Where have you completed most of your training in integrative and functional nutrition?

As a member of DIFM DPG, I learn about integrative and functional nutrition from the state of the art listserv and newsletter. I also associate with registered dietitian nutritionists on DIFM’s executive committee. By volunteering for DIFM, I’ve made friends for life and what I’ve learned from them is unmatched. I shall continue to volunteer and learn from the younger generation, moving into social media with the speed of light.

I volunteered my time going the extra mile and throughout my journey met best practitioners, like Ruth DeBusk, PhD, RD, Dr. Jeffrey Bland, and Diana Noland, MPH, RDN, CCN, LD at various events, such as Food as Medicine, Applying Functional Medicine in Clinical Practice (AFMCP), and the Integrative Healthcare Symposium (IHS).  I took a course on Ayurveda at Columbia University with Dr. Vasant Lad, Founder of Ayurvedic Institute from Albuquerque, NM, and then attended Dr. Deepak Chopra’s session in New York City.

I became a member of The Institute for Functional Medicine (IFM) and listen to once a month grand rounds by experts from the Cleveland Clinic. Besides attending one or two webinars to increase my knowledge, I started to attend free summits by experts on a daily basis.

Rita Kashi Batheja DIFM Member

Rita Kashi Batheja (left) at AAPI with renowned yoga guru Baba Ramdev (center)

What advice would you give anyone interested in learning more about integrative and functional nutrition?

My advice for people is they cannot afford not to be a member of DIFM no matter what setting they work in! You need to be prepared to answer consumers when they ask you questions since we are considered nutrition experts who provide quality nutrition advice and protect the public. The IFMNT Radial says it all, and one needs to study it thoroughly and watch the video on DIFM’s home page. DIFM RDN’s have written five invaluable modules as an online training program, which are available from the Academy’s store.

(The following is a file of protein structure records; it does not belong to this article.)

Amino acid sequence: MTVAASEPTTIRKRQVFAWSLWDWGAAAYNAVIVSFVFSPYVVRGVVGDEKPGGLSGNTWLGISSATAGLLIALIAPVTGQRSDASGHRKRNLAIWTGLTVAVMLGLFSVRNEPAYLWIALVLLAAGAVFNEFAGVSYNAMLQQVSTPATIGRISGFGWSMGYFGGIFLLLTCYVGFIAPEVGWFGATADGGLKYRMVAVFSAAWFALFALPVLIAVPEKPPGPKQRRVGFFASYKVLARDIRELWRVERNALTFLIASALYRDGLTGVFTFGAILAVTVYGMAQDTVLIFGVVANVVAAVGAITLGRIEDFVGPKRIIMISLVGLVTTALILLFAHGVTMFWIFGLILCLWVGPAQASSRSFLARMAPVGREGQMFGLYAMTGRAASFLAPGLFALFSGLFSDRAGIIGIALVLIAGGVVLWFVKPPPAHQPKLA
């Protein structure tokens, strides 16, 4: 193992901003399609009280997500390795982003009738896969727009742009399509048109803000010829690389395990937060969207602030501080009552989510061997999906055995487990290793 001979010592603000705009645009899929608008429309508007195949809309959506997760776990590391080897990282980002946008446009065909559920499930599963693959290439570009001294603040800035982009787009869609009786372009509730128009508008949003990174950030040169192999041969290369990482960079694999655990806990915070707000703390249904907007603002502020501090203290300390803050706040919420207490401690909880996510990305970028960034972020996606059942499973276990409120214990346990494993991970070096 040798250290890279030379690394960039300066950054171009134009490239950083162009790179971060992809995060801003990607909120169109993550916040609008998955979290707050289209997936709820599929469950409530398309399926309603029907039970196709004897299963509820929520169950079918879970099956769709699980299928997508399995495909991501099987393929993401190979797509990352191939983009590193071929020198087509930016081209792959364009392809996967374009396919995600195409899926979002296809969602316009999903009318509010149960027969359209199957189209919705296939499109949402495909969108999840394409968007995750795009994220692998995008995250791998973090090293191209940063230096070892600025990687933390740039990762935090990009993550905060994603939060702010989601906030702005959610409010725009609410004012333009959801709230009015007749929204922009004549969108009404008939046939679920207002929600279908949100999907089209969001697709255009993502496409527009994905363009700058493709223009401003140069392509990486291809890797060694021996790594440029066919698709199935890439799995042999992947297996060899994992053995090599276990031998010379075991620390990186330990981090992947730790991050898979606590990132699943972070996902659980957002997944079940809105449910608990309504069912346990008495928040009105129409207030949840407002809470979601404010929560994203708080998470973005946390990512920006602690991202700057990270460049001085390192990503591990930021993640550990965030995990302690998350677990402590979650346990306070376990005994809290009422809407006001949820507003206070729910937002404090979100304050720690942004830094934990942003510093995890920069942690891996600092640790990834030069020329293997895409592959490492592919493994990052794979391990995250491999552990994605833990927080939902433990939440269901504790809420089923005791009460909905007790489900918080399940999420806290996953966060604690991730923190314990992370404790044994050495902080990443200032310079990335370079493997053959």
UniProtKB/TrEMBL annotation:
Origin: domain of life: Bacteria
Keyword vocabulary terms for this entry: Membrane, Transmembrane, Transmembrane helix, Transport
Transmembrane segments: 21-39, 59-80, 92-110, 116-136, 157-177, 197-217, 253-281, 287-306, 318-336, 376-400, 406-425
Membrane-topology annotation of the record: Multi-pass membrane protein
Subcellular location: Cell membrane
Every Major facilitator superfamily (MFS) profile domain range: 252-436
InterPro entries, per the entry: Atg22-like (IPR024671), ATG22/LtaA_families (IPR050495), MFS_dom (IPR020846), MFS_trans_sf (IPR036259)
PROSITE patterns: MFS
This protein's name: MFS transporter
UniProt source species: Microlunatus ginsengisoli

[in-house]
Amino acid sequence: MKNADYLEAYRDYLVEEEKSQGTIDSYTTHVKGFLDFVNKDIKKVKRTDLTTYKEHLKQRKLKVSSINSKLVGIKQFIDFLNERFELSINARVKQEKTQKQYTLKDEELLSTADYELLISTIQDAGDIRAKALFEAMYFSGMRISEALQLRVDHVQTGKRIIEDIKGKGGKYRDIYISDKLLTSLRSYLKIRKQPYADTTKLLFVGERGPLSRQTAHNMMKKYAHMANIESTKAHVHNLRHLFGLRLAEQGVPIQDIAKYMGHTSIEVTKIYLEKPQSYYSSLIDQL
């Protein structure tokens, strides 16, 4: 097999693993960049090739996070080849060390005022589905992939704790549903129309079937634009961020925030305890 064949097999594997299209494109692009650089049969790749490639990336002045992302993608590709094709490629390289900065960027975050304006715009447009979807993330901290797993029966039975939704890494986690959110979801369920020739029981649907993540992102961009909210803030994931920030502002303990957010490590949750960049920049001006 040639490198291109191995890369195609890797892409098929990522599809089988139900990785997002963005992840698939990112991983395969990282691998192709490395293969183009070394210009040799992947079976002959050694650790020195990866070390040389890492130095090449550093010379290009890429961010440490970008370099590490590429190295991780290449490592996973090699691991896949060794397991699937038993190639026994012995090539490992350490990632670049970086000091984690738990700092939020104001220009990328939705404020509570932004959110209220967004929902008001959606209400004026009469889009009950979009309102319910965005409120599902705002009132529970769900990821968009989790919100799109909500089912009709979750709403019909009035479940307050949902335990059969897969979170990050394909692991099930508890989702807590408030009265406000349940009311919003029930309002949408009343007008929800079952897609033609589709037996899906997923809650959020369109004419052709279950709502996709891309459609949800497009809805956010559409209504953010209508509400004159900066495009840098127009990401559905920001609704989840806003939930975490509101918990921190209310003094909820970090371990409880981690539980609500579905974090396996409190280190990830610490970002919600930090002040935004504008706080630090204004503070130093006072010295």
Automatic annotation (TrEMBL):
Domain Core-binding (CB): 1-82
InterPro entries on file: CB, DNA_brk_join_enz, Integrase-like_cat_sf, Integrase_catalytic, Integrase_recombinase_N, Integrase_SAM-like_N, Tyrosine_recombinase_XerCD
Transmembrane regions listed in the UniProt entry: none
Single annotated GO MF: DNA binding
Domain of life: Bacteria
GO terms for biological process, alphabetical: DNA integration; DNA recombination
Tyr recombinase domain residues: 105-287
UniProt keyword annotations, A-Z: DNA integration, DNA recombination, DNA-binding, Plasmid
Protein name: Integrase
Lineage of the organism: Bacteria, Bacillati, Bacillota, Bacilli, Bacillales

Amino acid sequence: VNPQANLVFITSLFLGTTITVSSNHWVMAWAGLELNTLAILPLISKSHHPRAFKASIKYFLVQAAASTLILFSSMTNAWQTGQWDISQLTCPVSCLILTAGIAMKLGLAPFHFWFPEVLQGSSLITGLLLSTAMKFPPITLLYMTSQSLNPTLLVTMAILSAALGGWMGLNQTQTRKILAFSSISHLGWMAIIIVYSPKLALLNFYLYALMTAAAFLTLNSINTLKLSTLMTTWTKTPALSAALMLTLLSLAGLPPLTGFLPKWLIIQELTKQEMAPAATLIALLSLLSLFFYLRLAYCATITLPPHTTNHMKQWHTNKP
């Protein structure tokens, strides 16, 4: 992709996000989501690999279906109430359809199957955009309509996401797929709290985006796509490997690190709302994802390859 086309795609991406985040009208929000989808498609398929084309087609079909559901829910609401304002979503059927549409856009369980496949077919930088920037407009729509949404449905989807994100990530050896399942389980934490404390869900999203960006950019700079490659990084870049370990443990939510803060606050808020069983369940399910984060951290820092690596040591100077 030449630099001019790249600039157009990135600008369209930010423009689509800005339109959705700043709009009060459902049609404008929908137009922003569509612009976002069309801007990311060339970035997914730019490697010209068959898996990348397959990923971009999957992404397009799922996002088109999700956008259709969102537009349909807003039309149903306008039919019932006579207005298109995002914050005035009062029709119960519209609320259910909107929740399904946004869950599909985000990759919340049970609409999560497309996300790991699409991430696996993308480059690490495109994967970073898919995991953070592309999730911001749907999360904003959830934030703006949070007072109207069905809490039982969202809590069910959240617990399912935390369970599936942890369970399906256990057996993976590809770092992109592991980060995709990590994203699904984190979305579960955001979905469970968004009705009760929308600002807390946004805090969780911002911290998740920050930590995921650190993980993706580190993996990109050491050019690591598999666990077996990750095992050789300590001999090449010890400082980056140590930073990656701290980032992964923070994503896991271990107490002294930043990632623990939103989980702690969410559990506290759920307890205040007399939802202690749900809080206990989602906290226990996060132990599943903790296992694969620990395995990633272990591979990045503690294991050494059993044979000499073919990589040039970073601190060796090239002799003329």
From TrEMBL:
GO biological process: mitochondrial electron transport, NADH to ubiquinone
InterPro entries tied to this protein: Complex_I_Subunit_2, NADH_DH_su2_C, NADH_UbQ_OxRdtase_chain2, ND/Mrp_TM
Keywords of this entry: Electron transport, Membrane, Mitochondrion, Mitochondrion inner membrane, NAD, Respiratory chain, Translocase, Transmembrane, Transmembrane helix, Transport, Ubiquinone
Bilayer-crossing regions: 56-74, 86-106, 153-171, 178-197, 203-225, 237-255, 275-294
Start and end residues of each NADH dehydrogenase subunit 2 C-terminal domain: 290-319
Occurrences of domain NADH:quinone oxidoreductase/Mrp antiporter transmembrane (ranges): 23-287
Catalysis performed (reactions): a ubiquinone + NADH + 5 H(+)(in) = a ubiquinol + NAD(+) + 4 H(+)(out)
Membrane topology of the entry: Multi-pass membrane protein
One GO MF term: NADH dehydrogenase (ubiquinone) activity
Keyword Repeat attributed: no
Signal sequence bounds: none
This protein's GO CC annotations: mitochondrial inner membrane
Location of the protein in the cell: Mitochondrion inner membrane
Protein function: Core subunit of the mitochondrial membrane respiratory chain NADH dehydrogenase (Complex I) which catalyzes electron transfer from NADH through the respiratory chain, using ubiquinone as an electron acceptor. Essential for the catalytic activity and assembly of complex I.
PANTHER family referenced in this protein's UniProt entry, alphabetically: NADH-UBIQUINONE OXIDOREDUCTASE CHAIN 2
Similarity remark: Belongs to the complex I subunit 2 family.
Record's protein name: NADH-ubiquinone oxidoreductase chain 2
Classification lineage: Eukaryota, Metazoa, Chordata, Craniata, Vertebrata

Two of DIFM’s past chairs and one past EC member have come up with their own programs which are a good place to start: Susan Allen-Evenson’s Next Level Functional Nutrition and Sheila Dean’s and Kathie Swift’s IFNA program. Jaime Schehr, RDN, ND teaches a one day course in New York City, Long Island and Westchester, NY. You can also check on DIFM’s website in the resources section. The Asian Indians in Nutrition and Dietetics Member Interest Group (AIND MIG) of the Academy is offering almost all webinars on integrative and functional medicine topics at no cost. All Academy members are welcome to attend.

I always surround myself with chiropractors, naturopathic physicians, aromatherapists, kineseologists and massage therapists for their expertise. Keep an open mind, and it will be a very fulfilling experience.

Thank you for sharing a wealth of information with us, Rita!

Are you ready to join DIFM?  Learn more here.  Would you like to explore educational opportunities in integrative and functional nutrition?  Check out our free Functional Nutrition Tool Kit.

DIY Nut Butters

Nut Butters

Advantages of Making Your Own Nut Butters

Why take the time to make your own nut butter? Commercial nut butters often contain hydrogenated oils, added sugars/salt, and additives needed to enhance shelf-life and act as emulsifiers/stabilizers.  With the aid of a food processor, making your own nut butters is a quick and easy task.  When making your own nut butter at home, you have more control in regards to the ingredients (example: amount of added sugar/salt/oil, choice of flavorings, addition of heart healthy omega 3 fatty acids such as flaxseeds or flaxseed oil, etc.) and the source of nut (example: country of origin, organic nuts vs. non-organic nuts, single type or multiple types of nuts, etc.).